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By Michael P. Orsi
Edward Snowden should declare his patriotism in court
Independent voices from the The Washington Times Communities
Topic - National Zoo
Snow and sleet from a powerful winter storm wreaked havoc around the D.C. area on Sunday, prompting the early closure of the National Zoo, canceling holiday events and causing numerous car crashes on area roads.
One of the District's youngest and most famous celebrities got a name Sunday, as hundreds of giant panda fans and local dignitaries gathered at the National Zoo for a ceremony that christened the 100-day-old panda Bao Bao.
A chaotic scene unfolded at the Smithsonian National Zoo Monday after a zebra attack on a keeper set off a horrifying chain of events.
The National Zoo's twin Sumatran tiger cubs passed their swim test on Wednesday, leaving keepers proud, onlookers charmed and the two cubs soaked — but no worse for wear.
With the turn of a key and the click of a lock, the District's memorials, monuments and museums were back open Thursday, welcoming thousands of visitors who'd waited through the 16-day federal shutdown to gain access to the famous sites.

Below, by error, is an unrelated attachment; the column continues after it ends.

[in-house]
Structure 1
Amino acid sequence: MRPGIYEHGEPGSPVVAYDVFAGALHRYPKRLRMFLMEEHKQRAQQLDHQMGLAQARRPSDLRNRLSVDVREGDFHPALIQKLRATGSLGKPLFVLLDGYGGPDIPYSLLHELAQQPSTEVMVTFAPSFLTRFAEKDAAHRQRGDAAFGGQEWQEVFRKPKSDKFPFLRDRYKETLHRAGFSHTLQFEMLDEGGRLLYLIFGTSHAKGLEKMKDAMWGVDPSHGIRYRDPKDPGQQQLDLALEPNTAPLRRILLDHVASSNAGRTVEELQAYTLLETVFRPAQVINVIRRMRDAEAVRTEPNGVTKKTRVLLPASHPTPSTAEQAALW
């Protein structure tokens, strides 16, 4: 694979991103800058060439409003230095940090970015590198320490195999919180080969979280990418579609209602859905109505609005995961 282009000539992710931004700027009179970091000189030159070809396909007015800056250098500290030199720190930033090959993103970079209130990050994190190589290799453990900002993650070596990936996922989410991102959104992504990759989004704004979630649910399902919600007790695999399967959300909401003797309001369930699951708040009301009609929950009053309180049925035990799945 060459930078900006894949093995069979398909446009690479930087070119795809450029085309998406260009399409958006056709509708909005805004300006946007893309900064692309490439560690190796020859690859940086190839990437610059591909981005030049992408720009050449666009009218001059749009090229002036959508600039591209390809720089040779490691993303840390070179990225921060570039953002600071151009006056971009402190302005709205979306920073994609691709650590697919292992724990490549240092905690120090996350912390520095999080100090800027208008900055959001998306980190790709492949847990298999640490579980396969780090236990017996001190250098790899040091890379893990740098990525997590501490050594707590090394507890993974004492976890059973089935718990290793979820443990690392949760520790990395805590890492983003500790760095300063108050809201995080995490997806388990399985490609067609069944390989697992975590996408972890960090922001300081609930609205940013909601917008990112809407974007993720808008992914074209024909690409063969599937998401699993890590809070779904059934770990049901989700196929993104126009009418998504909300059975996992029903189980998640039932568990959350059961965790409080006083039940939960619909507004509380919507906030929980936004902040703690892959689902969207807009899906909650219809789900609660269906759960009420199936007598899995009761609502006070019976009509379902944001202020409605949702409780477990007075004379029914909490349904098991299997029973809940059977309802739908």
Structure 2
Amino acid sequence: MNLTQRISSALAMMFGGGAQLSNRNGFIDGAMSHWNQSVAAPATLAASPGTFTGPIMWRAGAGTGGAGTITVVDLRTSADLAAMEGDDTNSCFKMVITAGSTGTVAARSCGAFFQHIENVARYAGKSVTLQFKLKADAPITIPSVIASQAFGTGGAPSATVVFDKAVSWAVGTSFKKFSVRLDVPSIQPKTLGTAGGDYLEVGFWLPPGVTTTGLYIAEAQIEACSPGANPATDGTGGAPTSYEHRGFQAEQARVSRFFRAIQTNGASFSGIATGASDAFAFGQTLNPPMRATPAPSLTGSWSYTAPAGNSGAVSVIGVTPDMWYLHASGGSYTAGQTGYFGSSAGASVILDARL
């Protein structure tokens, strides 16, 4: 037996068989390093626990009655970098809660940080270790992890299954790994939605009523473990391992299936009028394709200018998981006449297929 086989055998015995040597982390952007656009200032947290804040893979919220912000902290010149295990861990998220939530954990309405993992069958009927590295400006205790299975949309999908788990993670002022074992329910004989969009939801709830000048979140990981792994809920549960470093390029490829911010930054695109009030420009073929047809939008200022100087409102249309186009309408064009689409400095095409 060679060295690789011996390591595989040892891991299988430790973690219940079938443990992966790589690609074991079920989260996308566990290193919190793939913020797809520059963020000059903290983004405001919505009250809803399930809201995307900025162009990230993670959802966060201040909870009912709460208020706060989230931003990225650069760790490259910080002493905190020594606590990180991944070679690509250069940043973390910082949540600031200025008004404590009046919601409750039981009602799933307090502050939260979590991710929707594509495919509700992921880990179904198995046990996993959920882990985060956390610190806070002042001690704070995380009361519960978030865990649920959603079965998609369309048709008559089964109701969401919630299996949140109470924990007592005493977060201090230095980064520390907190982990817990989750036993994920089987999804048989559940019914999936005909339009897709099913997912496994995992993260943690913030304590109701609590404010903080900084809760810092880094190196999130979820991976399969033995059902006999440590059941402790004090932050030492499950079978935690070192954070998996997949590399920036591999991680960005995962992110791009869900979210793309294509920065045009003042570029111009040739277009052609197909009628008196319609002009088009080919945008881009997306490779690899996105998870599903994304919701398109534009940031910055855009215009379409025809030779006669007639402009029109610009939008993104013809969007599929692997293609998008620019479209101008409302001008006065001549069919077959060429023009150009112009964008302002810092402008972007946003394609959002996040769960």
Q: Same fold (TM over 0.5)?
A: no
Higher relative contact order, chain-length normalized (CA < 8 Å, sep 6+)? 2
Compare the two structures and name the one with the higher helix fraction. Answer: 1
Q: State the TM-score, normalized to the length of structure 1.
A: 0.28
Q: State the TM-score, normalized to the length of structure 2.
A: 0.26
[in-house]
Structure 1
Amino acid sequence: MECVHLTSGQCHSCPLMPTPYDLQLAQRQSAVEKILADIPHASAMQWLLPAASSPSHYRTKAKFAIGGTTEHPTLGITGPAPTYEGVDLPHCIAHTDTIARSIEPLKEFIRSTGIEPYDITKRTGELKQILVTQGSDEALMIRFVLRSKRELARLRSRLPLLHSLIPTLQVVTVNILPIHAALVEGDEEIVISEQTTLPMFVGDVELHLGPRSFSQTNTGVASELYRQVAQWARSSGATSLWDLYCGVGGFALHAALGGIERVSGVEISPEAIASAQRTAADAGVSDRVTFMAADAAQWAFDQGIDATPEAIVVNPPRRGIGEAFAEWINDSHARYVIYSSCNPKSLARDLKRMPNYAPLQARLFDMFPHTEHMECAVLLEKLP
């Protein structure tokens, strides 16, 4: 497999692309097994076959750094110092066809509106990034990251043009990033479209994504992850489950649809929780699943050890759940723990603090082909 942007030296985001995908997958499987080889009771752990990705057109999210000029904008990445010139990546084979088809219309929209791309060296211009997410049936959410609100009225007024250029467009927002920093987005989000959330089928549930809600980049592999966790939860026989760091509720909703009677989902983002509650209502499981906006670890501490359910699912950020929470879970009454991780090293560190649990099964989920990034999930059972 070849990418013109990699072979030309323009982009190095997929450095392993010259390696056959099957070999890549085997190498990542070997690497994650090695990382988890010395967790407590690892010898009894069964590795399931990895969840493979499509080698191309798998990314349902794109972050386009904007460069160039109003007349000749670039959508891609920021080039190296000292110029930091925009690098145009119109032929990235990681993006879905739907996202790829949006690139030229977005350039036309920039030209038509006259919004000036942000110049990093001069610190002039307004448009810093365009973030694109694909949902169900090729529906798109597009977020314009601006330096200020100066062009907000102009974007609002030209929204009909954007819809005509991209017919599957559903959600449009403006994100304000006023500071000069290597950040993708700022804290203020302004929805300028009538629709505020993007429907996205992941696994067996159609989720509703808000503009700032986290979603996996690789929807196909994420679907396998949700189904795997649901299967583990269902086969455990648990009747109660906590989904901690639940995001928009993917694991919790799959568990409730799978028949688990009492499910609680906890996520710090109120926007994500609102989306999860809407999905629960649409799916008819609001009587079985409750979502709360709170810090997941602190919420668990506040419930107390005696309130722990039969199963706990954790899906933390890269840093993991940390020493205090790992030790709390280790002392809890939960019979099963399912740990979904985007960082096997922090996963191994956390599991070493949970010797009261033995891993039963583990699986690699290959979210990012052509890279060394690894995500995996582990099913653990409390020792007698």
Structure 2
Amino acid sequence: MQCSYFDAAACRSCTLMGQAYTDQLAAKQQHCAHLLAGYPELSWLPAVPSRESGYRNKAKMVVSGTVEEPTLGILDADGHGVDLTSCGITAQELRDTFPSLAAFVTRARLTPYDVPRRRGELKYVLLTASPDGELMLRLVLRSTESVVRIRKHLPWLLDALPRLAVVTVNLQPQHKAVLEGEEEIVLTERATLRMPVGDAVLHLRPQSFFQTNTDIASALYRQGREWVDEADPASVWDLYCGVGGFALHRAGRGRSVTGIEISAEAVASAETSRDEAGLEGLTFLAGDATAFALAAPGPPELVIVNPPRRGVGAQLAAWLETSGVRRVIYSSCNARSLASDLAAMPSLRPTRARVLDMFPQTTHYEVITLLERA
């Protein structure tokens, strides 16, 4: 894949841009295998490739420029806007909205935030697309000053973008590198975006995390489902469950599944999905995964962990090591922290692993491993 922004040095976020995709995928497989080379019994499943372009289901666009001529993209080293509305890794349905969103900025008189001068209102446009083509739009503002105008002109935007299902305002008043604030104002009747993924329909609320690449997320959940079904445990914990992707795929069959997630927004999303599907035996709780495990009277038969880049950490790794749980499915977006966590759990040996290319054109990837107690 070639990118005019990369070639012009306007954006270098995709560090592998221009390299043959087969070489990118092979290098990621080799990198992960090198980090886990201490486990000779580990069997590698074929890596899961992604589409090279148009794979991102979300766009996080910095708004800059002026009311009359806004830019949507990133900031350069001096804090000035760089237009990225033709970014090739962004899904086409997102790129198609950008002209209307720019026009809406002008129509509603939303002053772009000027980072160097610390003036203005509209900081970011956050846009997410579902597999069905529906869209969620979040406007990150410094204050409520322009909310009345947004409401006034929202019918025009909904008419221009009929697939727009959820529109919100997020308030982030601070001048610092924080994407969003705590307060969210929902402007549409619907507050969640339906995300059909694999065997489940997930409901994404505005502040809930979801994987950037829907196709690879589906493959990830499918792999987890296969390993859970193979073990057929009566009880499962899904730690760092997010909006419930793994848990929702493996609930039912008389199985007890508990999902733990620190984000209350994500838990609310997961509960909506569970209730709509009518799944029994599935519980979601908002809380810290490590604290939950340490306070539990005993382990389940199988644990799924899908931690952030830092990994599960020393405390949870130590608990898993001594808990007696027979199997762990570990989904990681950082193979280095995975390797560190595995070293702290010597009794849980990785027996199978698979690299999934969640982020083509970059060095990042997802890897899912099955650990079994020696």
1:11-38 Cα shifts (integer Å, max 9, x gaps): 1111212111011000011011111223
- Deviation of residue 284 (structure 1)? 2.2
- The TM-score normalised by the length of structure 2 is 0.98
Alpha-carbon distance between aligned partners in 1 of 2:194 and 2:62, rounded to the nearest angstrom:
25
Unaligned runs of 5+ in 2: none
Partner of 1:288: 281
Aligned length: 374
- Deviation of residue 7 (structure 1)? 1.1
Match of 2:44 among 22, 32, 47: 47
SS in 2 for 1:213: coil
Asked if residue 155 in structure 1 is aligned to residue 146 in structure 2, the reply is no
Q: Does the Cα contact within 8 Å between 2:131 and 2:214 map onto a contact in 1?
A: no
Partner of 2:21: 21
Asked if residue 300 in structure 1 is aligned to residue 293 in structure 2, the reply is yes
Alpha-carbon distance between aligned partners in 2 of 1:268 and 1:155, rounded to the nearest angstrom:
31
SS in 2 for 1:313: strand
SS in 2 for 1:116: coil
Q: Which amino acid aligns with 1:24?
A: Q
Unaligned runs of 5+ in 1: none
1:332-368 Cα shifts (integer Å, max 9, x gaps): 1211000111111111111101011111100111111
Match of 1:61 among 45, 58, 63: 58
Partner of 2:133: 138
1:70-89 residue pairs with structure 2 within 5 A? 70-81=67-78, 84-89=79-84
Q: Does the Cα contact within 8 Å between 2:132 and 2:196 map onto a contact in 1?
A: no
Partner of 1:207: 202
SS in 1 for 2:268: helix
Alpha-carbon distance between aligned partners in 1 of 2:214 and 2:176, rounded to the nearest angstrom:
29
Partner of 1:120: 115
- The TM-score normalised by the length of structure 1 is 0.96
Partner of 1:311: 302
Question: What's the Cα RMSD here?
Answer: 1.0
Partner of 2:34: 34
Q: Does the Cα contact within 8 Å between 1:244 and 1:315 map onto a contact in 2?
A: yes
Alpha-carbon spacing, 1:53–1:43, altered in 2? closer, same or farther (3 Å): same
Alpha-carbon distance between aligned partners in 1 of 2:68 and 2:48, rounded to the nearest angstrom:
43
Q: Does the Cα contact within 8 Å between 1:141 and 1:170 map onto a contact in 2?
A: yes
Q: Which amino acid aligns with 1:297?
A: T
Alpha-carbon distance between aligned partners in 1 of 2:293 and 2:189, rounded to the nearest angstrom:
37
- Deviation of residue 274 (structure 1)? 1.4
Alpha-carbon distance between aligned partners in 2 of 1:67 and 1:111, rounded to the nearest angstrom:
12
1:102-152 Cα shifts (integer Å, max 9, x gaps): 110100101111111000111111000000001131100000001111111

The National Zoo and intercollegiate athletic teams at the three military service academies are among the myriad organizations impacted by the federal government’s shutdown.
For the thousands of federal workers deemed "nonessential" who are now furloughed because of the government shutdown, now is the ideal opportunity to catch up on movies. Herewith, some shutdown viewing suggestions tailored to those most likely to be affected.
Along with "nonessential' federal offices in Washington and around the country, a motley mix of art exhibitions, cultural events, historic archives and even the live "Panda Cam" would be among the budget casualties if the government shuts down.
Not long before the National Zoo announced that Washington's most beloved resident — the panda Tai Shan — was heading to China in December 2009, a secret plan took hold halfway around the world for the National Zoo to be able to hold on to the bear just awhile longer.